A Wild Theory About Apple and Subscription Services

Apple has consistently said they don’t have interest in the music rental-subscription market.  There’s speculation
to the contrary, and, to many, Apple’s line seems like a silly business
move. Many iPod users are totally uninterested in Napster To Go because
of the incompatiblity and would jump at an Apple subscription, not to
mention Apple’s significantly superior catalog. 

So maybe Apple isn’t resisting the rental-subscription model
exactly.  The major record labels, which are generally annoyed
with Apple’s use of FairPlay DRM to restrict compatibility, might be refusing to license an Apple subscription service so long
as Apple refuses to support WMA and other portable players.  And,
given Apple’s strategy of using iTMS to drive iPod sales and vice-versa, that move
would be totally counterproductive.  Perhaps the record labels are
using the licensing as leverage, and Apple’s resisting anything that inhibits its
iTMS-iPod strategy.

More on the Napster 2.0 DRM Decryption Utility Development

I want to make sure to point once again to the comments following my post
on the development of a Napster 2.0 DRM decryption tool.  Alex
Goodwin made
a series of clarifications, repeating that the decryption
utility is only in development and is not complete.  Many
commenters railed against my post as premature, but, in my own defense,
it was other news sites that “jumped the gun.” They completely
misconstrued the post as well as Cody’s own blog – I spoke of the tool throughout in the future tense, and the
very first line clearly stated that the utility was, according to Cody,
only near completion and not actually complete.  This, I feel, is
still accurate and useful to report, and I am fairly confident that if
not Cody then someone else will soon be able to create a decryption utility –
it is inevitable.  Reporting on the progress, strategy, and
potential impact of the development was my purpose.  However, the extent to
which my post contributed to the generation of misinformation 
is quite unfortunate, so I want to make sure to flag the
comments.  Again: the utility is not complete, it is in
development and, according to Cody, nearing completion.

Some Additional Points Re: Rhapsody 3.0

1.  We’ve noted
the general shift away from Helix-wrapped AAC, with Real now turning to
WMA for To Go and selling both AAC and WMA.  News.com also reports
that Real has reestablished compatibility with the iPod for purchased
content.   Another interesting aspect of the new Rhapsody is
reliance on Janus DRM for Rhapsody Unlimited downloads.  Napster
2.0 uses Janus for its portable subscription, but uses WMA DRM v9 for
its Premium (subscription downloads and streams) and Light (a la carte
permament downloads) services.  In contrast, Rhapsody uses
DRM v9 for its a la carte permanent downloads only.  In turn,
those who do not run WinXP still cannot download content available
through Rhapsody Unlimited’s subscription service.

2.  Real’s press release touted that Rhapsody Unlimited users can
now buy songs and albums for 10% off, which generally works out to 89
cents/song and 8.99 dollars/album.  What they didn’t say is that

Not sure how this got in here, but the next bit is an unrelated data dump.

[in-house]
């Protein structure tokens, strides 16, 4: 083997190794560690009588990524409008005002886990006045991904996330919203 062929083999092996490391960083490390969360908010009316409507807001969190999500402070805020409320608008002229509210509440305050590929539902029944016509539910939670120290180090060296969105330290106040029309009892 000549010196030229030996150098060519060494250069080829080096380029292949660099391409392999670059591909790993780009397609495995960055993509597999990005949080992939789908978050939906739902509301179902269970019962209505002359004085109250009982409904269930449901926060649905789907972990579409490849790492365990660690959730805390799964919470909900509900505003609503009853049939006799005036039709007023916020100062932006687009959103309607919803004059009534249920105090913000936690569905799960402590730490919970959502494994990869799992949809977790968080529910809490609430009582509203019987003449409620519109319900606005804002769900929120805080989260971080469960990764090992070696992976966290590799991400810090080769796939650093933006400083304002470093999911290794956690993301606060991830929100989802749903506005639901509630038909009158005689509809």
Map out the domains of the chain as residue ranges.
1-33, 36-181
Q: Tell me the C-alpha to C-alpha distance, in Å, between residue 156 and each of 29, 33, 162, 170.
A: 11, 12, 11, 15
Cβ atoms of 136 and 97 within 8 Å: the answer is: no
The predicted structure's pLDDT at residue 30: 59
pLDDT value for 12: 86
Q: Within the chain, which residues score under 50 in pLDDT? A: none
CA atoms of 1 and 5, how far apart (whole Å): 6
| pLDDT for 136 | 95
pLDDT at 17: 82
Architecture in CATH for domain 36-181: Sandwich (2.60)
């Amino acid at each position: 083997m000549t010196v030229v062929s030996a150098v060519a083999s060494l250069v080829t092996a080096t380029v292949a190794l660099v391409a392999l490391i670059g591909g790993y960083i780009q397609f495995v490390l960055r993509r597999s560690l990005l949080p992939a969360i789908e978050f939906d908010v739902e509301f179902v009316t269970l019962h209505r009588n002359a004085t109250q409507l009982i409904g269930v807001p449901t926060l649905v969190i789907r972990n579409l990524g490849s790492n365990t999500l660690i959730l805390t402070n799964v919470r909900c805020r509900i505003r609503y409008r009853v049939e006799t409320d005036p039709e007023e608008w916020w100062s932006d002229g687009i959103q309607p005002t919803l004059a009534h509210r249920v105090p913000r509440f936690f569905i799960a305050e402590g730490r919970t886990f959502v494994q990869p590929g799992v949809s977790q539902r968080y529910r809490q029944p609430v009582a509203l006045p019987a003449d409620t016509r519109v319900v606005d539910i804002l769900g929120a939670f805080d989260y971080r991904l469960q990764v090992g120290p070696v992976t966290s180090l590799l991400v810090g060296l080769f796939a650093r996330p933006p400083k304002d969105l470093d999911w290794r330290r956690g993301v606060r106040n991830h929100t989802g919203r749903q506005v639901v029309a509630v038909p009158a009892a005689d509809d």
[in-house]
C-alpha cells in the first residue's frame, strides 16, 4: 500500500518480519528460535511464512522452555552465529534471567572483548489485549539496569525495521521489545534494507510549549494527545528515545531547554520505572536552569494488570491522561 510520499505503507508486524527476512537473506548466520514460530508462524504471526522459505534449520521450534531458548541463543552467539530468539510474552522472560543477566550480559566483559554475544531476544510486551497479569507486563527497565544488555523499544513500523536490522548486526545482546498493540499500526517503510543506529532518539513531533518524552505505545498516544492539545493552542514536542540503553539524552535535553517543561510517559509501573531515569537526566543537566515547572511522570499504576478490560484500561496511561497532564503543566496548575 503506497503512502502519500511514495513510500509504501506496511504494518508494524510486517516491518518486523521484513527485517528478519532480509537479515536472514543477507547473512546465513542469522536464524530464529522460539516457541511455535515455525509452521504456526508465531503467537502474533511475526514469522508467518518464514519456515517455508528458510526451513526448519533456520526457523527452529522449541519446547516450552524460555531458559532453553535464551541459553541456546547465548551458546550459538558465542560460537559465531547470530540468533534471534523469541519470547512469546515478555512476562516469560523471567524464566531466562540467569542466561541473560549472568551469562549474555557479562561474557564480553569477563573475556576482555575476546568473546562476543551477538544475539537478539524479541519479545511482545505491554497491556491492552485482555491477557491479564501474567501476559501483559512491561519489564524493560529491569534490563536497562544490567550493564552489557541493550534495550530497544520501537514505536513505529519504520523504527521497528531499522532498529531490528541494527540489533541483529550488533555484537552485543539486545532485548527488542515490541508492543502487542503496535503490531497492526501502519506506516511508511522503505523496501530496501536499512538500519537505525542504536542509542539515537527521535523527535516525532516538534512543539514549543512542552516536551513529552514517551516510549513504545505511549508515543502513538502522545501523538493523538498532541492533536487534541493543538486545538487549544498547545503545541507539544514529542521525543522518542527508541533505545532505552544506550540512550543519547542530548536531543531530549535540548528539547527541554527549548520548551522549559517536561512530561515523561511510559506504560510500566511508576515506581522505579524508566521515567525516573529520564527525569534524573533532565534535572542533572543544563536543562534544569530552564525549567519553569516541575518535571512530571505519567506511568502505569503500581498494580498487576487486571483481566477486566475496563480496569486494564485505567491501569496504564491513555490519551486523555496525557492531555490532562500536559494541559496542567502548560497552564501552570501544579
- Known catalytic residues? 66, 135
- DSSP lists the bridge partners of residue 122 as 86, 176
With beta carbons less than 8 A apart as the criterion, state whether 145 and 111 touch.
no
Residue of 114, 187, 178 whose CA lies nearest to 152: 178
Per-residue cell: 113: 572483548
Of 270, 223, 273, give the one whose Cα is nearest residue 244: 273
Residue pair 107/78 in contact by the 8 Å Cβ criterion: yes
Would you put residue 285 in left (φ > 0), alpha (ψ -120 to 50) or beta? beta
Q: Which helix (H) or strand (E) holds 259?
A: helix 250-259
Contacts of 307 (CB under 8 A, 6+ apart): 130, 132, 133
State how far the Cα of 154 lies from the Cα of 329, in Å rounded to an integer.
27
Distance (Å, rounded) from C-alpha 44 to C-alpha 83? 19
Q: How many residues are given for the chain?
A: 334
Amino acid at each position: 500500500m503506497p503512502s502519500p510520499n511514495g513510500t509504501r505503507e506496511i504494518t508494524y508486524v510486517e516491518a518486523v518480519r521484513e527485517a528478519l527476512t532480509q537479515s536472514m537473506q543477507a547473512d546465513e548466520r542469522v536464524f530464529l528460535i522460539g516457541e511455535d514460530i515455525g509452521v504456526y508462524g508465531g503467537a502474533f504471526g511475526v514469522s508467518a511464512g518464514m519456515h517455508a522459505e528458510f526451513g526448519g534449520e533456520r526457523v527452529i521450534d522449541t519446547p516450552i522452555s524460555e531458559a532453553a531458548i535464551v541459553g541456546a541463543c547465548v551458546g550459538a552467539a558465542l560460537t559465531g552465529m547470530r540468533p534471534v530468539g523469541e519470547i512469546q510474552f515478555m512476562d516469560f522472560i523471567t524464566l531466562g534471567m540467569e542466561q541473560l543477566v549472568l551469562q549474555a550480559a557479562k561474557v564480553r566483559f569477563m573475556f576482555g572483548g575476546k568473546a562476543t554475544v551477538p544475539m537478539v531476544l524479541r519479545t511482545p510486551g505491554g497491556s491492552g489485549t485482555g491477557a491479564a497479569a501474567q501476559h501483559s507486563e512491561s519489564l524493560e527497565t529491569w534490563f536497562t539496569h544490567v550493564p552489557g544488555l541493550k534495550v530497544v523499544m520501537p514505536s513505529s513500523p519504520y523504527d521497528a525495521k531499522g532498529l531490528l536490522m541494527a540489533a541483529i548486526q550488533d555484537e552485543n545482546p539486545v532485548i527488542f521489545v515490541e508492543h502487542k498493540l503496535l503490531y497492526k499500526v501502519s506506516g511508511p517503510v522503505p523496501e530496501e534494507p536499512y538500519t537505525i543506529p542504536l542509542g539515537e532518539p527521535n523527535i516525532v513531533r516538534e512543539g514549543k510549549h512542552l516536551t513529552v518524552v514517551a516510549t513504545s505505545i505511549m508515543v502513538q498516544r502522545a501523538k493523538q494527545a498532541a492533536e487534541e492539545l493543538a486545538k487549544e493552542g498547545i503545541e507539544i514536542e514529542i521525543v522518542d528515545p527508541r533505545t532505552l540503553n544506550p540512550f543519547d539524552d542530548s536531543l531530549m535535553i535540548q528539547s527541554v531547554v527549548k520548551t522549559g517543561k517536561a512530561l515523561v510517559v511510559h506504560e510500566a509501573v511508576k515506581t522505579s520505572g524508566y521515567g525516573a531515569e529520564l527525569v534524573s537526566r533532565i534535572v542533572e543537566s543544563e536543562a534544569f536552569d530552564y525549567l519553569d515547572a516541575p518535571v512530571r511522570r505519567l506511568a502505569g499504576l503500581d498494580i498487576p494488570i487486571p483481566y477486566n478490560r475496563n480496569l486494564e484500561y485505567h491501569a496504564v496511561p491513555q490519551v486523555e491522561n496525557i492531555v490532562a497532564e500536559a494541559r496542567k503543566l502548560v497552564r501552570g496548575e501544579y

this amounts to both a price hike and a discount. Previously, one could
burn (most) songs available through Rhapsody for 79 cents.  If you
wanted a 15 song album, though, it would cost you 15x.79=11.85. 
So users who tend to buy albums will generally be pleased by the new
version, but those who tend to pick and choose individual songs
throughout the catalog will be worse off.  The new service also
provides a full 160 kbit, DRM wrapped download, but that’s not much of
an advantage; though the earlier version forced you to burn the song
directly to CD, you could easily rip back to MP3.  Also, it’s
worth noting that not all albums cost 9.99 through the Real Music Store
and thus not all albums purchased through Rhapsody Unlimited will be
8.99.

Note that this also creates a slight distinction with Napster.  Napster 2.0 Premium subscribers can buy songs in bulk “tracks packs”
to get a discount – they can buy 50 songs for 40 bucks (80 cents/song),
25 for 22 (88 cents/song), or 15 for 14 (93 cents/song), rather than
the typical cost of 99 cents/song.  Again, these prices may be
less than Rhapsody’s for those who buy singles, but more expensive for
those who buy albums.

3.  I do appreciate what Real’s done with the new version – they
added some download capacity for Unlimited, they added a music management tool, and I like the
playlist sharing.  They also are finally shifting away from Real
Player as the locus of their digital media strategy, which I think is a
really smart move.

At the same time, I still wonder whether Rhapsody’s
going to come off as too complex for many consumers.  Many
phosters remarked on this point today.  Consumers now have to sort
through 4 different services – Rhapsody 25, Real Music Store, Rhapsody
Unlimited, Rhapsody To Go – not to mention the RadioPass services.
Choice is generally good, but it can also be confusing, particularly
when each service has different DRM limitations and is compatible with
a different set of portable players and operating systems.  What’s
more, some songs are available for a la carte purchase but not
Unlimited streaming, and some songs are available for purchase and
Unlimited streaming but not Unlimited downloads. For instance, as a
Rhapsody Unlimited subscriber, I can stream the Bloc Party album
“Silent Alarm” to my heart’s content, but I still can’t download it to my
laptop (with WinXP); to do that, I need to buy it for 8.99.  I assume some songs are also available for streaming but
not purchase, and some can be purchased but are not available for
portable subscription, but I
haven’t checked this.

What’s the ultimate effect of the resulting consumer frustration?  We’ll see.